Warning: This article contains material of distressing nature related to sexual violence.
It was a cold English Christmas when I first met her in 2007. Her therapist was off and I was called in to deal with a crisis.
She was reliving a childhood sexual trauma on the 20th anniversary of being raped by her uncle. She was 30 and refusing to eat. She was at the Oxford Eating Disorders Unit, so refusing meals was not an option. My mission was to ground her by bringing her back to the here-and-now, so she could stop reliving the trauma and eat her Christmas lunch.
After half an hour of failed attempts, she finally stopped shaking and told me she really needed to starve herself in order to maintain her skinny tomboy look as a deterrent to assailants all around her. Another prolonged silence was broken as she looked at me, or rather through me, and shared the tormenting images and sensations of her assault.
She told me that, just like Alice in wonderland, she had long ago decided to drink the bottle that made her shrink so HE could never find her. Her illustrative words captured me and transported me to this fairytale I always enjoyed as a child, and I too could identify with Alice at that moment. I saw myself holding a biscuit that read “eat me.”
I ended up telling her that the reason why I chose to be a psychiatrist specializing in sexual abuse in the first place was also based on a decision I made a long time ago to eat Alice’s biscuit — to become a giant to step on HIM.
Unfortunately, some trauma survivors do not feel that healing is a choice they have.
The World Health Organization (WHO) defines healing as “not merely the absence of disease and infirmity, but a positive state of physical, emotional and social well-being.”
There are many obstacles to healing, starting with seeking help. Our culture stigmatizes mental health issues, and this is the biggest obstacle facing those who want to heal. The nature of trauma itself can also play a role in shaming the survivor, especially if trauma is of a sexual nature.
I first met him in August 2012, following the protests at the Syrian Embassy in Cairo. Military police had detained this 16-year-old boy, who I refer to here as MA. He was among other adolescents who were in detention for several days. After they were released, they told of some horrifying encounters with those who detained them. MA documented his alleged torture and rape with Al-Nadeem Center for the Rehabilitation of Victims of Violence and with Amnesty International.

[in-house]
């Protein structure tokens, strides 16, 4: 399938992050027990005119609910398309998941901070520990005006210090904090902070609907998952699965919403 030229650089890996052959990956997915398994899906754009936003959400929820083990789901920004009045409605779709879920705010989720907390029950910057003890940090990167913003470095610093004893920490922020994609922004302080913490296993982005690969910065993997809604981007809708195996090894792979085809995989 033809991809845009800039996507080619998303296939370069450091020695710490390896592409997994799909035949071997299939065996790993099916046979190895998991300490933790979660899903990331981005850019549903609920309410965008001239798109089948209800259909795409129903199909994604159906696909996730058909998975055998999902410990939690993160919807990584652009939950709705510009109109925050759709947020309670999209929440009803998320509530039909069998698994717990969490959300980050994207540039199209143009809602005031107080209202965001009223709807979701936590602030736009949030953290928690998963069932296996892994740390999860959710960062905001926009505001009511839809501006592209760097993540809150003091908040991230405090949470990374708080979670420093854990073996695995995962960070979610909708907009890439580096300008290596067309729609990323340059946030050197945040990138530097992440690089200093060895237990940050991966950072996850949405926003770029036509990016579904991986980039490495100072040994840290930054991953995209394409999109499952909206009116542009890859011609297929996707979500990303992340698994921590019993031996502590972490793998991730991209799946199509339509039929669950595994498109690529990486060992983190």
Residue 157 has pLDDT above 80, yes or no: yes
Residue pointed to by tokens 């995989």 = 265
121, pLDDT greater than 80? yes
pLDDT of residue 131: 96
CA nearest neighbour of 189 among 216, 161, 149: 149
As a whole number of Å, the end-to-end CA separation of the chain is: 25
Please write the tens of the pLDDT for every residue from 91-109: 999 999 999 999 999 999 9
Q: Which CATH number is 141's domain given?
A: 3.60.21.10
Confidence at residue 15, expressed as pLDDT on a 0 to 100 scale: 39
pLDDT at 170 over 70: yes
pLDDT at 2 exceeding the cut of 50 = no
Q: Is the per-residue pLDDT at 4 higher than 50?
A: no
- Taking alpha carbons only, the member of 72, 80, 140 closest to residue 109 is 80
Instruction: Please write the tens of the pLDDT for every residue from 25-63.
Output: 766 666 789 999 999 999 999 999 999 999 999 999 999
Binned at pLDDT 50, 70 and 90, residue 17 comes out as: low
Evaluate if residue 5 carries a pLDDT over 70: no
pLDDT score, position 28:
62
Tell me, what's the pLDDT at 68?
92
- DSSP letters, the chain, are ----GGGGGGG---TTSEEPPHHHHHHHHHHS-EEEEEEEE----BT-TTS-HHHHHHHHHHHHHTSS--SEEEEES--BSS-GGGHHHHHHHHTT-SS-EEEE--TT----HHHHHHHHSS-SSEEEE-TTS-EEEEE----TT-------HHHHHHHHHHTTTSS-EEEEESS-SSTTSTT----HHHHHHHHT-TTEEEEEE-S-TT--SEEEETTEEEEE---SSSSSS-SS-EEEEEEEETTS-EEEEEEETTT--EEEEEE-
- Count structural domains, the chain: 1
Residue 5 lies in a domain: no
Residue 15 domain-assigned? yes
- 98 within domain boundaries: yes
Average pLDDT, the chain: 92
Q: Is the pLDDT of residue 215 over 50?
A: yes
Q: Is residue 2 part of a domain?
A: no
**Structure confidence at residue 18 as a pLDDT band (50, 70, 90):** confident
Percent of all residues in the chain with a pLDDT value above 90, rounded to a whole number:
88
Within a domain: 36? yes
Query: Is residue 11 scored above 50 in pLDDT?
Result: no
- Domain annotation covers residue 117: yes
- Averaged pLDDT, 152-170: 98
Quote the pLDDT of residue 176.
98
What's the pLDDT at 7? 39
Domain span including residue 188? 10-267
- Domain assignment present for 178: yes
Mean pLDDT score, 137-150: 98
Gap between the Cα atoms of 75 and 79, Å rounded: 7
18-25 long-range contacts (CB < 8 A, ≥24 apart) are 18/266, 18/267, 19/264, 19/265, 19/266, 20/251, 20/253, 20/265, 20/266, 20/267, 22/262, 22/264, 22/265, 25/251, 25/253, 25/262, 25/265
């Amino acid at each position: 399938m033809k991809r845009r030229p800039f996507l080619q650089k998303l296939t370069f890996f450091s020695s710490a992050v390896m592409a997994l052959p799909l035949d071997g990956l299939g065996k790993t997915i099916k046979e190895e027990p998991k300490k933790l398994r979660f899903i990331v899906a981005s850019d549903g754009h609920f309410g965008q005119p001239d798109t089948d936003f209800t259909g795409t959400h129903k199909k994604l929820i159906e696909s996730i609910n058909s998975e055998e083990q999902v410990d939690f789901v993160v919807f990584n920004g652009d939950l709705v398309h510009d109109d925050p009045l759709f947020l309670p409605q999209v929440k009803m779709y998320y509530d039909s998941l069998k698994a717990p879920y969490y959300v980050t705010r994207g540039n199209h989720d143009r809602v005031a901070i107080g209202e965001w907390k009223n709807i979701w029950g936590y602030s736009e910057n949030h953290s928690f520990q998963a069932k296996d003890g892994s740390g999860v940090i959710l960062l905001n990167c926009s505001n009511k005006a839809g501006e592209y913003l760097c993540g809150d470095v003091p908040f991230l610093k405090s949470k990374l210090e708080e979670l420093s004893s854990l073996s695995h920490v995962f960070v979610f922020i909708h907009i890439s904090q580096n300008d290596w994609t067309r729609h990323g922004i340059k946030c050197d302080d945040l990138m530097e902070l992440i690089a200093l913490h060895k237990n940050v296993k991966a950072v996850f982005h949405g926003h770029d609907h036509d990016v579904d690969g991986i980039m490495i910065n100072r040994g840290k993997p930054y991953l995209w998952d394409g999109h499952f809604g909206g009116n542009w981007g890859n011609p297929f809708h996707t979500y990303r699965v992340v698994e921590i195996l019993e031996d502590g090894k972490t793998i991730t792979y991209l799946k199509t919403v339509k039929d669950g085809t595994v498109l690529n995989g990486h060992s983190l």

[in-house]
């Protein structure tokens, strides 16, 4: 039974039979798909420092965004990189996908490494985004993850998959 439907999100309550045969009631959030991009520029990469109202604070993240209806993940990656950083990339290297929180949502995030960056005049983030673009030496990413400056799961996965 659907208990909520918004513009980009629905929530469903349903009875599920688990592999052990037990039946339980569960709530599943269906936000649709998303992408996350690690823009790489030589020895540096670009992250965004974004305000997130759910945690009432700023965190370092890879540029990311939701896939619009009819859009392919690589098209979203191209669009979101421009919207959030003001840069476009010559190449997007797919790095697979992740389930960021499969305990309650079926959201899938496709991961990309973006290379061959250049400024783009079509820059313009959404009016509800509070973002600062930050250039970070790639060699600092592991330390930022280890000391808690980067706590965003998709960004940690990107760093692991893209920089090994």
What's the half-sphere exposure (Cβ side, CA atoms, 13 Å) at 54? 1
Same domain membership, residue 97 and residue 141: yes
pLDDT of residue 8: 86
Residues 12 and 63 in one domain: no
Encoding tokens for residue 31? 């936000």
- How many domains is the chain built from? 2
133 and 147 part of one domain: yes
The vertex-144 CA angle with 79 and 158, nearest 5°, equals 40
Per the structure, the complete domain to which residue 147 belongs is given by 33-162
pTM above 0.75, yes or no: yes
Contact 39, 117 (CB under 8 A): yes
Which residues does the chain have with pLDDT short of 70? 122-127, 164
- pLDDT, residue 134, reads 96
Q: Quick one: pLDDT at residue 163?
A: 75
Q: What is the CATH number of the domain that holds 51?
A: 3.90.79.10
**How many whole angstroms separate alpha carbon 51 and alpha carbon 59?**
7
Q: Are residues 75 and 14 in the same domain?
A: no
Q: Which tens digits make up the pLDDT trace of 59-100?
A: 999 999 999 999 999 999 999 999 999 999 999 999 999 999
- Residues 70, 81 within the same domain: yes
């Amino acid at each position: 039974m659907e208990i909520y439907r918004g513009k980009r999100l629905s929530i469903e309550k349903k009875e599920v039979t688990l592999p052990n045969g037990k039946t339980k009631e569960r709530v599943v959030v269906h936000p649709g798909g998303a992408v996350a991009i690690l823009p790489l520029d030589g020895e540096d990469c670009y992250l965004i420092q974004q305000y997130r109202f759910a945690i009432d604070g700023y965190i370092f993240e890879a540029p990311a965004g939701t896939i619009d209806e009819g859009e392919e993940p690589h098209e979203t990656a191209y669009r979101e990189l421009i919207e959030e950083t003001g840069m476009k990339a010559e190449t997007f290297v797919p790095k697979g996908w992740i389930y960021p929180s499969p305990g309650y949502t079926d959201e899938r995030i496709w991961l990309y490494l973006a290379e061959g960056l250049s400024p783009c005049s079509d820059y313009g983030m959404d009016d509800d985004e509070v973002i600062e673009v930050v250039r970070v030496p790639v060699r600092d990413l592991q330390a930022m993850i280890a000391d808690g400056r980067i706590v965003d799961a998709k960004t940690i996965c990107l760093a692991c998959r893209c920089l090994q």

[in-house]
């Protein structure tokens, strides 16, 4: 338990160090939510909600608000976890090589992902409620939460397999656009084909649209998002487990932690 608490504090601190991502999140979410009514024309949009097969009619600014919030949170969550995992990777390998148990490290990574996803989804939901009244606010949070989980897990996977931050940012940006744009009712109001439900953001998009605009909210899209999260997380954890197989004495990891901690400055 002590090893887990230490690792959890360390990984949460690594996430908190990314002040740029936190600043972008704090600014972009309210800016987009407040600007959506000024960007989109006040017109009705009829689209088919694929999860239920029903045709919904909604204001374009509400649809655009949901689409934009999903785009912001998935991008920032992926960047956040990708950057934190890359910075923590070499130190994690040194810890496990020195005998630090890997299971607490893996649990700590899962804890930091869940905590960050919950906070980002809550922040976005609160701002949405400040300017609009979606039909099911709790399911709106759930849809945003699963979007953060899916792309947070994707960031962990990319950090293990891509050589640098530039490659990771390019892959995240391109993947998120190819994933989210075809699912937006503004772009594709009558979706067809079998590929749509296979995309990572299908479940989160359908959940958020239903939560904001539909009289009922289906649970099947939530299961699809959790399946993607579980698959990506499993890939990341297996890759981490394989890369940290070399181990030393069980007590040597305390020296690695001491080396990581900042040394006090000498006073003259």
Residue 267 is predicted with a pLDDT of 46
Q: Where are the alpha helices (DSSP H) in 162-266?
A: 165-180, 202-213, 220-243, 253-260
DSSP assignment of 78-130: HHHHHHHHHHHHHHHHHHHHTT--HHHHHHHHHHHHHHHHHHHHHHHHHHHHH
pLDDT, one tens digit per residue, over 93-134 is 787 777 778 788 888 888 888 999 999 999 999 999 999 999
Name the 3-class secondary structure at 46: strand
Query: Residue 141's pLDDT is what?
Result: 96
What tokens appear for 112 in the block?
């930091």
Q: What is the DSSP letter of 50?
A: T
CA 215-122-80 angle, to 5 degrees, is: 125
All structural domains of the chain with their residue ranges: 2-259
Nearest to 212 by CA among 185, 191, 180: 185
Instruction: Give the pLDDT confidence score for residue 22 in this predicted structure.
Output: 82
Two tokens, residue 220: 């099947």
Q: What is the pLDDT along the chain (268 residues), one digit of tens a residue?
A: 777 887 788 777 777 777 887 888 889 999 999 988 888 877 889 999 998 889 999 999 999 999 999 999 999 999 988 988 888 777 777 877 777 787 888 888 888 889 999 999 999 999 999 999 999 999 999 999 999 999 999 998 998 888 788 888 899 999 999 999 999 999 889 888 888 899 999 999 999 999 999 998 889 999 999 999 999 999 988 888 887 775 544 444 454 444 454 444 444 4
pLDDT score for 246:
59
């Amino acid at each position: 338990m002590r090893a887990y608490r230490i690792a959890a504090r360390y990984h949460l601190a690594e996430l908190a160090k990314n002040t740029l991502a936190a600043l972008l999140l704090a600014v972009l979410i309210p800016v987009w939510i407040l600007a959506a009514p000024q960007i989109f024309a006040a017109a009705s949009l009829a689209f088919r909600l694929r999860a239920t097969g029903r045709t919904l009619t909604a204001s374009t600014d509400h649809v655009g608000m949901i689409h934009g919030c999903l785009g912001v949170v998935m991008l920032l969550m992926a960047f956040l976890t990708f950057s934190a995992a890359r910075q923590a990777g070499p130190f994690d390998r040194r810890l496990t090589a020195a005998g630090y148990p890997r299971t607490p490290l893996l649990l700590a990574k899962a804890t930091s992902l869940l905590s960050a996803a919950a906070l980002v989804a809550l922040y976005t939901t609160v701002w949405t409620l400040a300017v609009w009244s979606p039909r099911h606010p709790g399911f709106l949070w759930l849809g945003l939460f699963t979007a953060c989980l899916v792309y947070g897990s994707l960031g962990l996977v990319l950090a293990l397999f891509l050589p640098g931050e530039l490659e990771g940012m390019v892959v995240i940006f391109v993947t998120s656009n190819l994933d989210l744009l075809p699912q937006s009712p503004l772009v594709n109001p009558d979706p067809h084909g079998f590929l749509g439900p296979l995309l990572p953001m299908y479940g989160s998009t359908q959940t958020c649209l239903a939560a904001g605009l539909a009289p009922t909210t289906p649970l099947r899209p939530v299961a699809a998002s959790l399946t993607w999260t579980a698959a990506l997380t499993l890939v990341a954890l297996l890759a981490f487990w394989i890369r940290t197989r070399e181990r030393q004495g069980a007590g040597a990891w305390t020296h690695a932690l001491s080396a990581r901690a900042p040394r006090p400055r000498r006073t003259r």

When I saw him, he was in a state of terror and delirium as he relived the rape incident. His comrades had taken him to a hospital and contacted me to go see him there. They told me this was not the first episode of reliving.
Emergency doctors at the hospital would not examine him, and all they said was he needed admission to a mental health hospital and that they might need to call the police. I asked to examine him and suggested some medication to calm him down. Within half an hour, his body had started to relax and his mind started to come back to the here-and-now as he became mindfully aware of the moment.
I explained to him what had happened, and that he was suffering severe traumatic anxiety and was reliving this terrifying moment over and over again.
His shame was the strongest symptom of all, and it is one of the rigid beliefs mental health specialists need to target when dealing with traumas of a sexual nature. The international tribunal for the prosecution of humanitarian law violations committed in the territory of the Former Yugoslavia since 1991 observed how rape “strikes at the very core of human dignity and physical integrity.”
After rape, survivors of sexual violence may experience severe feelings of anxiety, stress or fear, known as post-traumatic stress disorder (PTSD). While it is natural to have some of these symptoms after a traumatic event, if they last more than a few weeks and become an ongoing problem, it is then diagnosed as PTSD. If left untreated, the symptoms of PTSD worsen and could last for months and years.
MA asked me to be his psychiatrist and therapist, and together we planned to tackle the fear behaviorally and cognitively. MA was clear, however, that he might not be able to stop protesting against the regime, especially after it became “personal.”
For most victims of PTSD, memories of their trauma strike without warning. Many of the same feelings and emotions experienced during the traumatic event accompany the flashbacks unpredictably — sometimes as extreme as feeling as though the actual trauma was occurring again.
Despite the medication and the early therapy sessions, I saw MA dissociate many times, and I even witnessed him act as his perpetrator. During one political public event, he dissociated and became the police officer who raped him. This of course caused social repercussions for him.
In addition to the elevated risk of suicide, research has shown that adult survivors of adolescent sexual violence, such as MA, are far more likely to experience acute and chronic mental health issues. In addition to PTSD, they could suffer from dissociative identity disorder, major depression and severe anxiety. More recent research indicates that traumatic stress caused by childhood sexual violence can even cause neurological damage and changes in brain function.
Rape and torture-land
The Committee Against Torture and international human rights laws have long understood rape and sexual violence to be forms of torture. It is an especially common form of organized violence during conflict and wartime. The rape of men, women and children has occurred during conflicts across the globe. During the Balkan wars of the 1990s, Rwanda in the early 1990s and the Congo from 2000 to 2006, more than 40,000 women and children were raped.